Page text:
The Sfas Emes elaborates further on the thought that what is most important in life is the striving to come closer to HaShem. In fact, he goes so far as to say that our yearning to approach Him gives HaShem more joy than the knowledge of Him and the Torah that we actually obtain! The Sfas Emes piles paradox upon paradox. Thus, he tells us that through our striving — not through our cognitive capacity — we do, in fact, attain a better intellectual understanding of HaShem.
The Sfas Emes proceeds to present the possibility of a beneficent, upward spiral. That is, through an act of will — our yearning (“teshuka”) to come closer to HaShem — we also achieve cognitive progress (“hasaga”). And then the upward spiral continues. (By implication, we also face the possibility of, chas veshalom, a self-sustaining downward spiral, a so- called vicious cycle. The Sfas Emes is too gentle to mention this other option.)
Summing up, we can say that the Sfas Emes is telling us that the way HaShem made the world, we should be aware at the outset that we will not get the answers to all our questions. Further, this is a view of life which sees us constantly in motion. There is no menucha (repose) in this world. What we have instead is constant yegiah (striving).
The Sfas Emes continues with a quote from this parsha’s Medrash Rabba. The first paragraph there compares Avraham’s journey to that of a person who is moving from place to place, until he encounters a “bira dolekes” — a palace in flames. Said the traveler: “Is it possible that no one is in charge of this palace?” Whereupon, the Master of the palace spoke to him and said: “I am the Master of the palace.”
Note a key feature of this Medrash. Standard hashkofo (Torah doctrine) infers the existence of God from seeing the world in harmony and rationality. Here, however, Avraham encounters HaShem in a context of destruction and irrationality! Further, this picture of the world in flames is much closer to the reality of which we hear when we listen to the daily news than a well-ordered, harmonious world.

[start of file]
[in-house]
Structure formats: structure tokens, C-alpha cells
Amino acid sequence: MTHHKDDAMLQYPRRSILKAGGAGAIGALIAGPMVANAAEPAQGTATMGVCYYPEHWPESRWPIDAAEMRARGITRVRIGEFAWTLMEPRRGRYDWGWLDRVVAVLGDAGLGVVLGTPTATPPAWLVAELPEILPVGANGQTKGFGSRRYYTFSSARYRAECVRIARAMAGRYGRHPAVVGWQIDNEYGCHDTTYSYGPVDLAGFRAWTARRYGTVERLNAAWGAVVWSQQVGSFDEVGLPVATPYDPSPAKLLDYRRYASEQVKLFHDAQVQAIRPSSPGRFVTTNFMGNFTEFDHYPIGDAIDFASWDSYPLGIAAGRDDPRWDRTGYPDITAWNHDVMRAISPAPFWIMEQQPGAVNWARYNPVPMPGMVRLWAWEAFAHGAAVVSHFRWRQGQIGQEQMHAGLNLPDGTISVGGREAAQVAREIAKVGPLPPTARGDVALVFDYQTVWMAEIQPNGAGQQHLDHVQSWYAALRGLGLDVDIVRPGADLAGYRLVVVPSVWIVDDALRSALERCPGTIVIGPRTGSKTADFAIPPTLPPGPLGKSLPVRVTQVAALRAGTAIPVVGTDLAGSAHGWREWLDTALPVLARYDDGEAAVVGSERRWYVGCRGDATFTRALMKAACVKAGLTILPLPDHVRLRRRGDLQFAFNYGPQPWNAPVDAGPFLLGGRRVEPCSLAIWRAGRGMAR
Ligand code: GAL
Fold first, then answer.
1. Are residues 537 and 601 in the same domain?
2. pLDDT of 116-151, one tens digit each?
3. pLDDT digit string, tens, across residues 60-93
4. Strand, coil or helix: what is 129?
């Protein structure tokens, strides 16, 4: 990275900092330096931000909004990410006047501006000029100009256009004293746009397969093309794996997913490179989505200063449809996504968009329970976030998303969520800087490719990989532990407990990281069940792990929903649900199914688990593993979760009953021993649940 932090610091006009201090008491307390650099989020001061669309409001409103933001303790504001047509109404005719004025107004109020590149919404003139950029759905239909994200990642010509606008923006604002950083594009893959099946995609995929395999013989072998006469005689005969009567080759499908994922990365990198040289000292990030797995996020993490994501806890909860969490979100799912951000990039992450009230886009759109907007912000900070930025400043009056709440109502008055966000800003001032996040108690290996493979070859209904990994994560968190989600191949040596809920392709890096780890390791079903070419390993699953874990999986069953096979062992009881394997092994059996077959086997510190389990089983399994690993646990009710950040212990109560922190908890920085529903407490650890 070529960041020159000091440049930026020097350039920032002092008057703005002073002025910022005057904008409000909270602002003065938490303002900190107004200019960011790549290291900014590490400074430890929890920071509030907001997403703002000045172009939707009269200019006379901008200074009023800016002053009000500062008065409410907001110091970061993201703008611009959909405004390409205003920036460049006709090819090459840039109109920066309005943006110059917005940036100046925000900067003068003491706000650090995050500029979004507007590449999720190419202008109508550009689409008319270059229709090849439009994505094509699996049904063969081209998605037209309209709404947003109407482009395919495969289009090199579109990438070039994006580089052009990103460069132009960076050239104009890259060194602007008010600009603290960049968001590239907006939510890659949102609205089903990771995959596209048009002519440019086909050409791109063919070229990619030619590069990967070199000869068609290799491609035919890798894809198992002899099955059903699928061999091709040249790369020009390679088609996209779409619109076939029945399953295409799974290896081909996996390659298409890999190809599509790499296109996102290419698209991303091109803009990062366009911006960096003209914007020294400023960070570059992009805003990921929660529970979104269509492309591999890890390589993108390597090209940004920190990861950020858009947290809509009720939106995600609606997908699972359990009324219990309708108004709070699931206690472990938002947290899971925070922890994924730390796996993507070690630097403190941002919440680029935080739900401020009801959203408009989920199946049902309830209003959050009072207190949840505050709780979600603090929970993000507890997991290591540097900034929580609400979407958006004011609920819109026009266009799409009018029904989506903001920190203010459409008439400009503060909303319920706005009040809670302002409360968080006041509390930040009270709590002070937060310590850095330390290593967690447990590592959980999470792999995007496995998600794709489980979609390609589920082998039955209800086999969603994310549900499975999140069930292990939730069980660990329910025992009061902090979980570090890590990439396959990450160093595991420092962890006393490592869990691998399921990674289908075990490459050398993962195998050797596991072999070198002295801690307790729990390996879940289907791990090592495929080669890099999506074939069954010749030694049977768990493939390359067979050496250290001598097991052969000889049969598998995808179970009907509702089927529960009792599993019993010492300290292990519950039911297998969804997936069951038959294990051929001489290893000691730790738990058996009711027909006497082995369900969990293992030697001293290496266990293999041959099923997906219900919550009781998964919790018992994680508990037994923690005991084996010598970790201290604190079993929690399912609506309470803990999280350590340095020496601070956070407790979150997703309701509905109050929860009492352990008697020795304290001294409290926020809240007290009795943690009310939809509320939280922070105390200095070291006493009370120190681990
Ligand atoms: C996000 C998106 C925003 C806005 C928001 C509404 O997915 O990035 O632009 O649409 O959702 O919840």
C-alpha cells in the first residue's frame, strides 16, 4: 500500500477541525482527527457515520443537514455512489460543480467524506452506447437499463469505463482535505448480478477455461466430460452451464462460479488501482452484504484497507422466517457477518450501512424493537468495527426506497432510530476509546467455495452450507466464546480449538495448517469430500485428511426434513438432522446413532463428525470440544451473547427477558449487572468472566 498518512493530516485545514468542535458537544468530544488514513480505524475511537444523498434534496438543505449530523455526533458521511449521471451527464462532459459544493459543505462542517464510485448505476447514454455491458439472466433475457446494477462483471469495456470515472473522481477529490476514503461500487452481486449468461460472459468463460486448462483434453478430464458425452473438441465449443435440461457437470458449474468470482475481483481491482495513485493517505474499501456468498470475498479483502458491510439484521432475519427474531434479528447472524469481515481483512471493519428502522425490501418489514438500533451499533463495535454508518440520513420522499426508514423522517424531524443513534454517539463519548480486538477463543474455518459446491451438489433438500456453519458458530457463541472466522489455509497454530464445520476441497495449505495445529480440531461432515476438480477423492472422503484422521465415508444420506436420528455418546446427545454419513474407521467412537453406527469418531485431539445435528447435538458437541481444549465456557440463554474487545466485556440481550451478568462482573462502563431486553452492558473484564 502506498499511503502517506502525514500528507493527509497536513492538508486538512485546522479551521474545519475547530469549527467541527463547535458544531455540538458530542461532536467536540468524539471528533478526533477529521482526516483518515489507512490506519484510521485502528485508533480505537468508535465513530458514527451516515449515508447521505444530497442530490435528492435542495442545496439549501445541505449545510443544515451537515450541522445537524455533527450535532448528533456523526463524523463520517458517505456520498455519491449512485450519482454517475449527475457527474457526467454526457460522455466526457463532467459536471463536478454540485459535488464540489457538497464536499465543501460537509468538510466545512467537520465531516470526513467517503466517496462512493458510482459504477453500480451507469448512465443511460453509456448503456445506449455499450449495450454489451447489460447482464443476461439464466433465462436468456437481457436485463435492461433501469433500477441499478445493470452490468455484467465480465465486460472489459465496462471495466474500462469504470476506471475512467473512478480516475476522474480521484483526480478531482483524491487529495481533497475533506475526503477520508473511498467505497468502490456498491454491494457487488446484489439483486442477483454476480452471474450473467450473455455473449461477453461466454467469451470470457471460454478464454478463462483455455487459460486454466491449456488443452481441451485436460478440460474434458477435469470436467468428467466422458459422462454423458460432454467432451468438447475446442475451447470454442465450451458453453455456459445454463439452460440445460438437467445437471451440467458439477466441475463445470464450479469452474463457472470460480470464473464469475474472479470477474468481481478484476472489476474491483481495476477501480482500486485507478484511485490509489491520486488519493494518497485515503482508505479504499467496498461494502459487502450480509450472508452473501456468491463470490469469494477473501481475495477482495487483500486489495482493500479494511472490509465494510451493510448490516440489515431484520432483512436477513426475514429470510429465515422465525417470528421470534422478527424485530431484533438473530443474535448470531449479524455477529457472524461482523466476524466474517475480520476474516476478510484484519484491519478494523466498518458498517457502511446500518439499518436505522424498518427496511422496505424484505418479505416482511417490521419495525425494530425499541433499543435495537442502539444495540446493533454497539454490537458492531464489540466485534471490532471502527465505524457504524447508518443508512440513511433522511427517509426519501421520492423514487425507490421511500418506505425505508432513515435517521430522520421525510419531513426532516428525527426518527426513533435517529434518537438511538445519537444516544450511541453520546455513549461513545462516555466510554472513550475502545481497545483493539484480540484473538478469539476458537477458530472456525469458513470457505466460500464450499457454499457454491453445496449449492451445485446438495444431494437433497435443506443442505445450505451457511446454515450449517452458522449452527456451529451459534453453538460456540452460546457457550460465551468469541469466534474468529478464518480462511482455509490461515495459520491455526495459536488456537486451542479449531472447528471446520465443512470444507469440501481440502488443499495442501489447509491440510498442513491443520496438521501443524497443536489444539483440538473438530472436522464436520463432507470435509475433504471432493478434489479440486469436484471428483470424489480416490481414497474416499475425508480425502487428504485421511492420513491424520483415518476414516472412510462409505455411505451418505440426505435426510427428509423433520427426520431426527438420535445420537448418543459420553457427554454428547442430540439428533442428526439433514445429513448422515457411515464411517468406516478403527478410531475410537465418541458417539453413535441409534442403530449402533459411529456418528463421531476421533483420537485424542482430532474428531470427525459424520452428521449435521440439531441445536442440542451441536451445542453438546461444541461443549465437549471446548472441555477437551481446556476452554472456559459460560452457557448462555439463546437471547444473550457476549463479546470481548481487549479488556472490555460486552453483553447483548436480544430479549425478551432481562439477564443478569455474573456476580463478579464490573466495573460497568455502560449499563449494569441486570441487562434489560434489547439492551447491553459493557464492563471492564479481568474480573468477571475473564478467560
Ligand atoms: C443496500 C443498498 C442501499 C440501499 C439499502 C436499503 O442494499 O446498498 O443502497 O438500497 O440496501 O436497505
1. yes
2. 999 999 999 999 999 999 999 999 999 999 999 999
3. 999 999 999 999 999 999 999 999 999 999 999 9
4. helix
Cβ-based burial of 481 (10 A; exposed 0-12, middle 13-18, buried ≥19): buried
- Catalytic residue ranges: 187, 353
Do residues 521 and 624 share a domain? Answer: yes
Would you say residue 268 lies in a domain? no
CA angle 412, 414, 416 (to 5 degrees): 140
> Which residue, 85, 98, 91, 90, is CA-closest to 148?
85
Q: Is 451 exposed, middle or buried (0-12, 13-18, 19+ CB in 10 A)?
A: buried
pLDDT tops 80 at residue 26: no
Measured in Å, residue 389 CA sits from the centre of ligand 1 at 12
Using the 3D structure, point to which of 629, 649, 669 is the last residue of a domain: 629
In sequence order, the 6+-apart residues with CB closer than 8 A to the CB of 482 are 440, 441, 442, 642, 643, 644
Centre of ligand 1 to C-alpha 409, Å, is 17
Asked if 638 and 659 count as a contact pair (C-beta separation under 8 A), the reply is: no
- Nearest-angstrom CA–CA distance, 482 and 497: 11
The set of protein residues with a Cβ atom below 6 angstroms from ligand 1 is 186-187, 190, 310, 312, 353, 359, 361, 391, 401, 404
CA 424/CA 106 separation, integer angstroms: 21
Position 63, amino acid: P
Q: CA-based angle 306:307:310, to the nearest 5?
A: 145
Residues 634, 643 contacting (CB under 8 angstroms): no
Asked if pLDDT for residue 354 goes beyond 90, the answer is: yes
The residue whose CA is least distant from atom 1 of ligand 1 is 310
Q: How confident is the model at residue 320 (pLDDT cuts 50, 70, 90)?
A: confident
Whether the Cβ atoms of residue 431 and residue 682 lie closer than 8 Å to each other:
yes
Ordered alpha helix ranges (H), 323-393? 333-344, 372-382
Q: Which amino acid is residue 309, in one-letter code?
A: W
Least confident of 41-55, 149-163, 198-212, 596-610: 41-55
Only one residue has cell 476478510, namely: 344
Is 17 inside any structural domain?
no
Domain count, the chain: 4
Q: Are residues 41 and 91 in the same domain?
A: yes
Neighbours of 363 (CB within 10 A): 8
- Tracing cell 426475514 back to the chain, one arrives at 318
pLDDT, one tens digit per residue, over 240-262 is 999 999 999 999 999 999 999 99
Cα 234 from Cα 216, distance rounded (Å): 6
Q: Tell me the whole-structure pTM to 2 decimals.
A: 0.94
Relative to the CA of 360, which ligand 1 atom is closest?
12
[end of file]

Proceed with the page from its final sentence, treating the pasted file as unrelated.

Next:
We conclude with a non-pshat that the Sfas Emes presents in the name of his grandfather. The Chiddushei HaRim reads the word dolekes” in the Medrash just cited as being used in the same way that the root DLK is used in Bereishis, 31:36, that is, “in motion.” In other words, the Sfas Emes is telling us that Avraham Avinu recognized that the world – including ourselves — is constantly in motion, trying to reach an equilibrium of menucha. But, in fact, no such point of repose exists in this life. Instead, we have constant motion — either coming closer to HaShem or, chas veshalom, moving in the opposite direction.
This Sfas Emes is unusually long and complex . But complex and rich ideas are not enough. What about a practical take-home lesson? We saw one such lesson earlier with the mention that ” Ma’aseh Avos simon lebanim.” That is, each one of us, at his/her own individual level, must make his/her own journey, striving to come ever closer to HaShem. Moreover, the Sfas Emes has told us that we may have to embark on this journey without knowing where it will take us!
The most basic lesson that this ma’amar leaves us with is the charge that we live our lives as constant striving to come closer to HaShem. Clearly, Ba’alei Teshuva recognize and accept this vision of life. It may be I harder for people who are “frum from birth” (“FFB”) to see the need for such a fundamental effort. These needy people–the FFB’s– can find help from a phrase in our daily davening. At the beginning of Shemoneh Esrei, we address: “Elokei Avraham, Elokei Yitzchak, Velokei Yaakov.” (That is, “the God of Avraham, the God of Yitzchok and the God of Yaakov.) We can understand the need to mention Avraham, who had to find HaShem on his own. But why the mention of “Elokei Yitzchok” and “Elokei Yaakov”?
The Seforim explain that being “frum from birth” is not enough. Thus, Yitzchok and Yaakov were the world’s first “FFBs.” Indeed, they were raised in the home of parents whom we know to have been tzadikim and tzidkoniyos. Nevertheless, the passage at the beginning of our Shemoneh Esrei davening tells us that each of these FFBs had to strive on his own to make his way to HaShem!
Text Copyright © 2005 by Rabbi Dr. Nosson Chayim Leff and Torah.org.